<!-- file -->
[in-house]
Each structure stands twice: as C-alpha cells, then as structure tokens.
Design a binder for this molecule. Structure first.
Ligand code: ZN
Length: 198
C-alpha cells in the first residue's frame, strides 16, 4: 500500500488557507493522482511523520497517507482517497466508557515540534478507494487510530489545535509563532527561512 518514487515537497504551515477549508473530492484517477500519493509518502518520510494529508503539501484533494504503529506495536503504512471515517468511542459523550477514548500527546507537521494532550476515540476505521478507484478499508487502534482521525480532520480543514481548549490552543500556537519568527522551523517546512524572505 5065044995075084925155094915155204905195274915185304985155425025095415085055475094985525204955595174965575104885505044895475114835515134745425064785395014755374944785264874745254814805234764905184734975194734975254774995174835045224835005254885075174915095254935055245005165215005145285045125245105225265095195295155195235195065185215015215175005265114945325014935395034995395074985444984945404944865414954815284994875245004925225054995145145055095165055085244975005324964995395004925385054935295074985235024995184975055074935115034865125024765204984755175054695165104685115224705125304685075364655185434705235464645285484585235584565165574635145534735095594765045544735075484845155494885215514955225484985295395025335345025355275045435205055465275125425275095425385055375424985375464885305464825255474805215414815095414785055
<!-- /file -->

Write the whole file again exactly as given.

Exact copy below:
[in-house]
Each structure stands twice: as C-alpha cells, then as structure tokens.
Design a binder for this molecule. Structure first.
Ligand code: ZN
Length: 198
C-alpha cells in the first residue's frame, strides 16, 4: 500500500488557507493522482511523520497517507482517497466508557515540534478507494487510530489545535509563532527561512 518514487515537497504551515477549508473530492484517477500519493509518502518520510494529508503539501484533494504503529506495536503504512471515517468511542459523550477514548500527546507537521494532550476515540476505521478507484478499508487502534482521525480532520480543514481548549490552543500556537519568527522551523517546512524572505 5065044995075084925155094915155204905195274915185304985155425025095415085055475094985525204955595174965575104885505044895475114835515134745425064785395014755374944785264874745254814805234764905184734975194734975254774995174835045224835005254885075174915095254935055245005165215005145285045125245105225265095195295155195235195065185215015215175005265114945325014935395034995395074985444984945404944865414954815284994875245004925225054995145145055095165055085244975005324964995395004925385054935295074985235024995184975055074935115034865125024765204984755175054695165104685115224705125304685075364655185434705235464645285484585235584565165574635145534735095594765045544735075484845155494885215514955225484985295395025335345025355275045435205055465275125425275095425385055375424985375464885305464825255474805215414815095414785055